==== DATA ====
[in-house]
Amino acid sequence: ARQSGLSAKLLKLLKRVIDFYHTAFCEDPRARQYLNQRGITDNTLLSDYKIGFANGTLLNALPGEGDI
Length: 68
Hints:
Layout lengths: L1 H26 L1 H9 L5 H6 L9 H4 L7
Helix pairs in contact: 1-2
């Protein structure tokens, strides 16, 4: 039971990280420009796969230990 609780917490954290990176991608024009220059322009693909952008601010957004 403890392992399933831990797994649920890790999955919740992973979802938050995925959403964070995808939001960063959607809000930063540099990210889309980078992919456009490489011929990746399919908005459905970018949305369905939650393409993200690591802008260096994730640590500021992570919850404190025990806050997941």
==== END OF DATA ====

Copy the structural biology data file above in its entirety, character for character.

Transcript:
[in-house]
Amino acid sequence: ARQSGLSAKLLKLLKRVIDFYHTAFCEDPRARQYLNQRGITDNTLLSDYKIGFANGTLLNALPGEGDI
Length: 68
Hints:
Layout lengths: L1 H26 L1 H9 L5 H6 L9 H4 L7
Helix pairs in contact: 1-2
């Protein structure tokens, strides 16, 4: 039971990280420009796969230990 609780917490954290990176991608024009220059322009693909952008601010957004 403890392992399933831990797994649920890790999955919740992973979802938050995925959403964070995808939001960063959607809000930063540099990210889309980078992919456009490489011929990746399919908005459905970018949305369905939650393409993200690591802008260096994730640590500021992570919850404190025990806050997941």